And then I think that we're also limiting the potential for what's possible athletic performance-wise. And what I mean by that is your movement foundation allows you to increase your potential for what's possible. So if you move really well, you have the potential because your tech, you know, your technique, so good, you're moving mechanically. You can move more weight than if you weren't moving very well. Obviously that's a very general statement, but what I find is that when you start to improve the way you move, you think about it, technique first, you can go much further and you're going to do so much safer you know, from that perspective. So that was sort of the light bulb aha moment. And I just sort of took it and ran with it. And since then, it's been a mission to try to get out to as many people as possible, Hey, let's fix our movement. Let's look, you know, technique first big weight, but let's do it in the right perspective.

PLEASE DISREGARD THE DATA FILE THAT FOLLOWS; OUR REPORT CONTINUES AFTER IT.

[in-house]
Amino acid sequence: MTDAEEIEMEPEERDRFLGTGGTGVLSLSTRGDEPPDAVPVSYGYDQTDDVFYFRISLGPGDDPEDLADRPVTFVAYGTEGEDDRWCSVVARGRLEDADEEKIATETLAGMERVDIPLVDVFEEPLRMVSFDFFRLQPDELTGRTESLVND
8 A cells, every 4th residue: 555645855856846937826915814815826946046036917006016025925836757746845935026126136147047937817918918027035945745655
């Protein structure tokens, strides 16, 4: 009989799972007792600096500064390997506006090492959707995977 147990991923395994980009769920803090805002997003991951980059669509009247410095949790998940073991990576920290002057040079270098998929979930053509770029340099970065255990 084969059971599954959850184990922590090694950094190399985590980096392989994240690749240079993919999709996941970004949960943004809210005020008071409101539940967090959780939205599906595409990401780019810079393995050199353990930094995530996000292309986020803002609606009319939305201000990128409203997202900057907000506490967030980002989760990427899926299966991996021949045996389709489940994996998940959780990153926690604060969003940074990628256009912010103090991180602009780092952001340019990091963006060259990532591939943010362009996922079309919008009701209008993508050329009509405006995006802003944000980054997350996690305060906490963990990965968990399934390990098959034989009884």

I absolutely agree with you because I think what happened maybe on a macro level is that when we started to think of the squat, as something like, okay, the standard for the squat hips below parallel, keep your chest up, don't let the knees come in. And we just kind of rush people through this movement, right? Like when somebody comes into a CrossFit gym and we're like, all right, cool. You can go down up and we don't necessarily lose the value of maybe the intricacies of the movement. Right. So now what happens is like, all you're thinking about is just, okay, I gotta be able to go down and up and I'm good. But maybe the little things that, you know, you're able to dig into, like, okay, being able to keep big toe pinky toe heel on the floor, or being able to actually feel what it's like to externally rotate, all of that is kind of lost. And maybe I feel like it's coming back now. What do you think? Do you think that we're starting to value the quality of movement a little more?